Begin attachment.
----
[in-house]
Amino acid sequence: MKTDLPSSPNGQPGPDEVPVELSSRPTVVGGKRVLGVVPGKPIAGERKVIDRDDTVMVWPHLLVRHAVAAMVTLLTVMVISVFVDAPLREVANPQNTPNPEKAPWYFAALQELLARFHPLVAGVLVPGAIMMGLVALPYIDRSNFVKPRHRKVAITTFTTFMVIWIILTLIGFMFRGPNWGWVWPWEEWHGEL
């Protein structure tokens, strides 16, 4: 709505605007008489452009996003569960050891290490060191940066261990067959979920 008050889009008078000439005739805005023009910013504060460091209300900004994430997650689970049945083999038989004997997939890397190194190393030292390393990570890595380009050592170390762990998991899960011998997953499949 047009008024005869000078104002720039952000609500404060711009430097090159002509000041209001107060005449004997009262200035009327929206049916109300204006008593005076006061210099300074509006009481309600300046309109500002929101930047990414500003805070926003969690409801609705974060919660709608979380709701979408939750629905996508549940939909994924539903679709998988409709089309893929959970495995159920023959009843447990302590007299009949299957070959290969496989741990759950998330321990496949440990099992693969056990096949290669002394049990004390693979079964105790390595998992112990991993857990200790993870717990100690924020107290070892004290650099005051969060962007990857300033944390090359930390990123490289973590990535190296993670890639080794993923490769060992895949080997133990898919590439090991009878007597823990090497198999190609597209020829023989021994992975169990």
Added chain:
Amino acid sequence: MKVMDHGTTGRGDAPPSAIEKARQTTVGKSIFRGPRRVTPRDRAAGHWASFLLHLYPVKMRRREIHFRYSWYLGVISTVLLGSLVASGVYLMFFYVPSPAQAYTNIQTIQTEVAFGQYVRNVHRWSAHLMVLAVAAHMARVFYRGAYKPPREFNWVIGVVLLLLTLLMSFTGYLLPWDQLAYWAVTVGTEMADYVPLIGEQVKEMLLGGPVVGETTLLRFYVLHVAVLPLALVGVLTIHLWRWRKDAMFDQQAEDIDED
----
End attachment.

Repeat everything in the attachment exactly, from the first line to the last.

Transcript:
[in-house]
Amino acid sequence: MKTDLPSSPNGQPGPDEVPVELSSRPTVVGGKRVLGVVPGKPIAGERKVIDRDDTVMVWPHLLVRHAVAAMVTLLTVMVISVFVDAPLREVANPQNTPNPEKAPWYFAALQELLARFHPLVAGVLVPGAIMMGLVALPYIDRSNFVKPRHRKVAITTFTTFMVIWIILTLIGFMFRGPNWGWVWPWEEWHGEL
């Protein structure tokens, strides 16, 4: 709505605007008489452009996003569960050891290490060191940066261990067959979920 008050889009008078000439005739805005023009910013504060460091209300900004994430997650689970049945083999038989004997997939890397190194190393030292390393990570890595380009050592170390762990998991899960011998997953499949 047009008024005869000078104002720039952000609500404060711009430097090159002509000041209001107060005449004997009262200035009327929206049916109300204006008593005076006061210099300074509006009481309600300046309109500002929101930047990414500003805070926003969690409801609705974060919660709608979380709701979408939750629905996508549940939909994924539903679709998988409709089309893929959970495995159920023959009843447990302590007299009949299957070959290969496989741990759950998330321990496949440990099992693969056990096949290669002394049990004390693979079964105790390595998992112990991993857990200790993870717990100690924020107290070892004290650099005051969060962007990857300033944390090359930390990123490289973590990535190296993670890639080794993923490769060992895949080997133990898919590439090991009878007597823990090497198999190609597209020829023989021994992975169990």
Added chain:
Amino acid sequence: MKVMDHGTTGRGDAPPSAIEKARQTTVGKSIFRGPRRVTPRDRAAGHWASFLLHLYPVKMRRREIHFRYSWYLGVISTVLLGSLVASGVYLMFFYVPSPAQAYTNIQTIQTEVAFGQYVRNVHRWSAHLMVLAVAAHMARVFYRGAYKPPREFNWVIGVVLLLLTLLMSFTGYLLPWDQLAYWAVTVGTEMADYVPLIGEQVKEMLLGGPVVGETTLLRFYVLHVAVLPLALVGVLTIHLWRWRKDAMFDQQAEDIDED